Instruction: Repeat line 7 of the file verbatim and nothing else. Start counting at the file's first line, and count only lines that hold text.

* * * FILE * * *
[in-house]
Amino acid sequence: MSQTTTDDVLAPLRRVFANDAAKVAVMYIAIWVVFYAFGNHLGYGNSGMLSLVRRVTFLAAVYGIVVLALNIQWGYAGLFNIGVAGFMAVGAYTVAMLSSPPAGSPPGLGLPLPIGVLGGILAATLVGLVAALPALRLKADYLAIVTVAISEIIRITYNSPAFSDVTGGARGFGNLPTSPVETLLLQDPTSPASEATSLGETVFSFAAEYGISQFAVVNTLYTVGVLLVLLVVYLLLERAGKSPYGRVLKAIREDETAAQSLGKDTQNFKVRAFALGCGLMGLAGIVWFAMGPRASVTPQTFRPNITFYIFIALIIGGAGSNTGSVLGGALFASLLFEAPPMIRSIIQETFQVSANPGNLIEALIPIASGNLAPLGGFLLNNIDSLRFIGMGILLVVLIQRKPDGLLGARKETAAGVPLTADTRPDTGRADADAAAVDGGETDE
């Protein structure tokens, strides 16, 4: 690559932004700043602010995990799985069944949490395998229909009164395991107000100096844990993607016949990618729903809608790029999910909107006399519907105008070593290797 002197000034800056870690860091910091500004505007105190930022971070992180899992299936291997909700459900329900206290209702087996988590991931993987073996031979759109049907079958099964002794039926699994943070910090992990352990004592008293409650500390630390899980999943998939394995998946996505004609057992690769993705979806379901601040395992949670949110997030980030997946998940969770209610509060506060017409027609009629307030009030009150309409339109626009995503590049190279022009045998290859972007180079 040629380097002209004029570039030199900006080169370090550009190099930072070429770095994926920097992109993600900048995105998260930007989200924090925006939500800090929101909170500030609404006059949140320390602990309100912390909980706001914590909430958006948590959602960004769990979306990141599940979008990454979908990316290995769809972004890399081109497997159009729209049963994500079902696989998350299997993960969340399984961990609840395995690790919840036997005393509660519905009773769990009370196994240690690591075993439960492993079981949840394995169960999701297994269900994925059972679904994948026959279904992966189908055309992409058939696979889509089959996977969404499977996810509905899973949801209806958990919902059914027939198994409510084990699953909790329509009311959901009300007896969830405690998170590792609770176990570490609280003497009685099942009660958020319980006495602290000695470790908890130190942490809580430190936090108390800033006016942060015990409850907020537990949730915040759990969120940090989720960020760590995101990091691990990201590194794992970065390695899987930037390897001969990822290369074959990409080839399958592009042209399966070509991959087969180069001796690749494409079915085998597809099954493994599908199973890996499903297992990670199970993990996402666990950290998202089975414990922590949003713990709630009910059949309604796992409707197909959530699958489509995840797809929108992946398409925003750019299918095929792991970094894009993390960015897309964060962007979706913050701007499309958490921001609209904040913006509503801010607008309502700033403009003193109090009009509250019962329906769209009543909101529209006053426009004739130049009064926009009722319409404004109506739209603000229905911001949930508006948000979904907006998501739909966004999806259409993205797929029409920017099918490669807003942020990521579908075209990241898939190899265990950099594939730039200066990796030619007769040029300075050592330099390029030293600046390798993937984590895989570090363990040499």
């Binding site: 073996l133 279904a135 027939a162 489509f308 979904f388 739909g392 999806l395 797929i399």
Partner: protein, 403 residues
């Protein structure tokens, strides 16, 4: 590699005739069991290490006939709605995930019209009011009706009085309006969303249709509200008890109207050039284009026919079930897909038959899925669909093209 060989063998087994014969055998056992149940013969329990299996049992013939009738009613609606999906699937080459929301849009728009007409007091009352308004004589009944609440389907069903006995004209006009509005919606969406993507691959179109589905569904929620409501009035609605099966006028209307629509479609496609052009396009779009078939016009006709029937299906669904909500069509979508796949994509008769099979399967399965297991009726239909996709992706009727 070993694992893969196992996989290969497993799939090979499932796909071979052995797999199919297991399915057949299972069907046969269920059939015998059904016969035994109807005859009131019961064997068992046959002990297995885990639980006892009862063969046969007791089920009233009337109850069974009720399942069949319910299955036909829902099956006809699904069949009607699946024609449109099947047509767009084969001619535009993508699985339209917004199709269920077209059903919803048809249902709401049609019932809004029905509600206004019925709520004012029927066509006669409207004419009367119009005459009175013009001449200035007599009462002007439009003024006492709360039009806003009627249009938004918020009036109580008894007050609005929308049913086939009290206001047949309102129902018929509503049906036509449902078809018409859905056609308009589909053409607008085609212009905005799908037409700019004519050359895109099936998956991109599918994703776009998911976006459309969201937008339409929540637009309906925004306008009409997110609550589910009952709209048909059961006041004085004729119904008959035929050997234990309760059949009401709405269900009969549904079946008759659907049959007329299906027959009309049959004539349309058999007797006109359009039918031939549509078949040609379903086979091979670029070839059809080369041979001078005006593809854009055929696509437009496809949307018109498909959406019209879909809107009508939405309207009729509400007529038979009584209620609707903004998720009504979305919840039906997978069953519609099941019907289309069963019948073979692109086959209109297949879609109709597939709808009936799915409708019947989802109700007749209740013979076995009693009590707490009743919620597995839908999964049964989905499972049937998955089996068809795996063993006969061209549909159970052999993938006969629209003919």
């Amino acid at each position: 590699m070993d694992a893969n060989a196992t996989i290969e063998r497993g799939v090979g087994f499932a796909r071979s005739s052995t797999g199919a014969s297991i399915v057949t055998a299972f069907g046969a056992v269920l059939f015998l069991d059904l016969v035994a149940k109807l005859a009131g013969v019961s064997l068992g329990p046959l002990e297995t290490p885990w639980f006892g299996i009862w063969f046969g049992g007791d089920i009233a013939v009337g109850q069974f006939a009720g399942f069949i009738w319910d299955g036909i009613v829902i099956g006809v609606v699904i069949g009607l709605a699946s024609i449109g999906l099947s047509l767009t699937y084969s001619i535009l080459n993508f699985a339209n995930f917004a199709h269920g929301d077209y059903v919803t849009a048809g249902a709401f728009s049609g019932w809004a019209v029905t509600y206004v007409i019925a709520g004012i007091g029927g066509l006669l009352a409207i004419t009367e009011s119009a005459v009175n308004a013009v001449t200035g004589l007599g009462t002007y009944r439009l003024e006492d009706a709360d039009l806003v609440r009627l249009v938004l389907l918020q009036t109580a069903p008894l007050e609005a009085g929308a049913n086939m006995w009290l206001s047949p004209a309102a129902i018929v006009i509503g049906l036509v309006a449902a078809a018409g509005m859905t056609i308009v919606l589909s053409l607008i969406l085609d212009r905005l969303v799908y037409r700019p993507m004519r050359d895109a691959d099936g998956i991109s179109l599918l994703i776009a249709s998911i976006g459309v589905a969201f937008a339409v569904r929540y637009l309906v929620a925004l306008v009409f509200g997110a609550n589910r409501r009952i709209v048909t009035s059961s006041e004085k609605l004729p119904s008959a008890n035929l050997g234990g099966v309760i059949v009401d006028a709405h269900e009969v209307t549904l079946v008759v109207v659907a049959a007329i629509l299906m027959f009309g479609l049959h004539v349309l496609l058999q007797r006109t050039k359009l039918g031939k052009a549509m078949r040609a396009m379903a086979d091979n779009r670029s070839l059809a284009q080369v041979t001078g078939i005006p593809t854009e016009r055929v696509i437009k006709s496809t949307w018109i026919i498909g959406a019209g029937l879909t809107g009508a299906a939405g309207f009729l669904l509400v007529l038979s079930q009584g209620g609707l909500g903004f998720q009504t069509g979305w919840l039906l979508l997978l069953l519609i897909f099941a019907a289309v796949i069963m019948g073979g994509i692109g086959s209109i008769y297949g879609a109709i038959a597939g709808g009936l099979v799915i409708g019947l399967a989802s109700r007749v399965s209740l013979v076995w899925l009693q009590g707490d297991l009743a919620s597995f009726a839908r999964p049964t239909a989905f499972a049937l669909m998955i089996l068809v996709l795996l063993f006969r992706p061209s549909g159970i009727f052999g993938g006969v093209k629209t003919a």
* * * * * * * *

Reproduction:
């Amino acid at each position: 590699m070993d694992a893969n060989a196992t996989i290969e063998r497993g799939v090979g087994f499932a796909r071979s005739s052995t797999g199919a014969s297991i399915v057949t055998a299972f069907g046969a056992v269920l059939f015998l069991d059904l016969v035994a149940k109807l005859a009131g013969v019961s064997l068992g329990p046959l002990e297995t290490p885990w639980f006892g299996i009862w063969f046969g049992g007791d089920i009233a013939v009337g109850q069974f006939a009720g399942f069949i009738w319910d299955g036909i009613v829902i099956g006809v609606v699904i069949g009607l709605a699946s024609i449109g999906l099947s047509l767009t699937y084969s001619i535009l080459n993508f699985a339209n995930f917004a199709h269920g929301d077209y059903v919803t849009a048809g249902a709401f728009s049609g019932w809004a019209v029905t509600y206004v007409i019925a709520g004012i007091g029927g066509l006669l009352a409207i004419t009367e009011s119009a005459v009175n308004a013009v001449t200035g004589l007599g009462t002007y009944r439009l003024e006492d009706a709360d039009l806003v609440r009627l249009v938004l389907l918020q009036t109580a069903p008894l007050e609005a009085g929308a049913n086939m006995w009290l206001s047949p004209a309102a129902i018929v006009i509503g049906l036509v309006a449902a078809a018409g509005m859905t056609i308009v919606l589909s053409l607008i969406l085609d212009r905005l969303v799908y037409r700019p993507m004519r050359d895109a691959d099936g998956i991109s179109l599918l994703i776009a249709s998911i976006g459309v589905a969201f937008a339409v569904r929540y637009l309906v929620a925004l306008v009409f509200g997110a609550n589910r409501r009952i709209v048909t009035s059961s006041e004085k609605l004729p119904s008959a008890n035929l050997g234990g099966v309760i059949v009401d006028a709405h269900e009969v209307t549904l079946v008759v109207v659907a049959a007329i629509l299906m027959f009309g479609l049959h004539v349309l496609l058999q007797r006109t050039k359009l039918g031939k052009a549509m078949r040609a396009m379903a086979d091979n779009r670029s070839l059809a284009q080369v041979t001078g078939i005006p593809t854009e016009r055929v696509i437009k006709s496809t949307w018109i026919i498909g959406a019209g029937l879909t809107g009508a299906a939405g309207f009729l669904l509400v007529l038979s079930q009584g209620g609707l909500g903004f998720q009504t069509g979305w919840l039906l979508l997978l069953l519609i897909f099941a019907a289309v796949i069963m019948g073979g994509i692109g086959s209109i008769y297949g879609a109709i038959a597939g709808g009936l099979v799915i409708g019947l399967a989802s109700r007749v399965s209740l013979v076995w899925l009693q009590g707490d297991l009743a919620s597995f009726a839908r999964p049964t239909a989905f499972a049937l669909m998955i089996l068809v996709l795996l063993f006969r992706p061209s549909g159970i009727f052999g993938g006969v093209k629209t003919a």